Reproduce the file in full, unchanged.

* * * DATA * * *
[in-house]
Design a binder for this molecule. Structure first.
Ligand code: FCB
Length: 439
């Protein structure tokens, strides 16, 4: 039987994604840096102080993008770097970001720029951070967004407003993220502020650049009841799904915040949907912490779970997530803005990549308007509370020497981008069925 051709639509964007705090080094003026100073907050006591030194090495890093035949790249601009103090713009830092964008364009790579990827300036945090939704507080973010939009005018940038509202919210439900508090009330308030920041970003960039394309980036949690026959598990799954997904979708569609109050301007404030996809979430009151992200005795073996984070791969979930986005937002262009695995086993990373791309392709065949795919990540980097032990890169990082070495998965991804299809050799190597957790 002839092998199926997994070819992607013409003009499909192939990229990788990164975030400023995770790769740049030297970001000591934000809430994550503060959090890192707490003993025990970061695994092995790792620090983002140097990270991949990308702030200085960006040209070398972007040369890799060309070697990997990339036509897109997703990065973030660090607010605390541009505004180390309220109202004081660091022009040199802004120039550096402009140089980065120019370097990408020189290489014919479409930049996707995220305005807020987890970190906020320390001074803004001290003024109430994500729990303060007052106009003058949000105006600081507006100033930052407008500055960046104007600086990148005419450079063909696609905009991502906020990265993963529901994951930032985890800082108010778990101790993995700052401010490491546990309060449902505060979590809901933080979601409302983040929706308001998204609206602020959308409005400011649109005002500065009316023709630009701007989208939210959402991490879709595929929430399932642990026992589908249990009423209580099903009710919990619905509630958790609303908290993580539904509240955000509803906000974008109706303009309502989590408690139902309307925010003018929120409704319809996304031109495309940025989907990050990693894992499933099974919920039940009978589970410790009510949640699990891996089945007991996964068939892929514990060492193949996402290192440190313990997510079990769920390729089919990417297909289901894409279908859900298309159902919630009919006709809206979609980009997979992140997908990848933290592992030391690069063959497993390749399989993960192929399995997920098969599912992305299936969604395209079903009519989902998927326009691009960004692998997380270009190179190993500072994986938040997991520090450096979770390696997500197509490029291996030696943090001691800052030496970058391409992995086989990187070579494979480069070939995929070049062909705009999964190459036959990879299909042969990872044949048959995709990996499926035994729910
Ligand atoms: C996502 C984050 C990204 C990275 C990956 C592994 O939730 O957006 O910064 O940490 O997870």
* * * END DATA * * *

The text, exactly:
[in-house]
Design a binder for this molecule. Structure first.
Ligand code: FCB
Length: 439
């Protein structure tokens, strides 16, 4: 039987994604840096102080993008770097970001720029951070967004407003993220502020650049009841799904915040949907912490779970997530803005990549308007509370020497981008069925 051709639509964007705090080094003026100073907050006591030194090495890093035949790249601009103090713009830092964008364009790579990827300036945090939704507080973010939009005018940038509202919210439900508090009330308030920041970003960039394309980036949690026959598990799954997904979708569609109050301007404030996809979430009151992200005795073996984070791969979930986005937002262009695995086993990373791309392709065949795919990540980097032990890169990082070495998965991804299809050799190597957790 002839092998199926997994070819992607013409003009499909192939990229990788990164975030400023995770790769740049030297970001000591934000809430994550503060959090890192707490003993025990970061695994092995790792620090983002140097990270991949990308702030200085960006040209070398972007040369890799060309070697990997990339036509897109997703990065973030660090607010605390541009505004180390309220109202004081660091022009040199802004120039550096402009140089980065120019370097990408020189290489014919479409930049996707995220305005807020987890970190906020320390001074803004001290003024109430994500729990303060007052106009003058949000105006600081507006100033930052407008500055960046104007600086990148005419450079063909696609905009991502906020990265993963529901994951930032985890800082108010778990101790993995700052401010490491546990309060449902505060979590809901933080979601409302983040929706308001998204609206602020959308409005400011649109005002500065009316023709630009701007989208939210959402991490879709595929929430399932642990026992589908249990009423209580099903009710919990619905509630958790609303908290993580539904509240955000509803906000974008109706303009309502989590408690139902309307925010003018929120409704319809996304031109495309940025989907990050990693894992499933099974919920039940009978589970410790009510949640699990891996089945007991996964068939892929514990060492193949996402290192440190313990997510079990769920390729089919990417297909289901894409279908859900298309159902919630009919006709809206979609980009997979992140997908990848933290592992030391690069063959497993390749399989993960192929399995997920098969599912992305299936969604395209079903009519989902998927326009691009960004692998997380270009190179190993500072994986938040997991520090450096979770390696997500197509490029291996030696943090001691800052030496970058391409992995086989990187070579494979480069070939995929070049062909705009999964190459036959990879299909042969990872044949048959995709990996499926035994729910
Ligand atoms: C996502 C984050 C990204 C990275 C990956 C592994 O939730 O957006 O910064 O940490 O997870």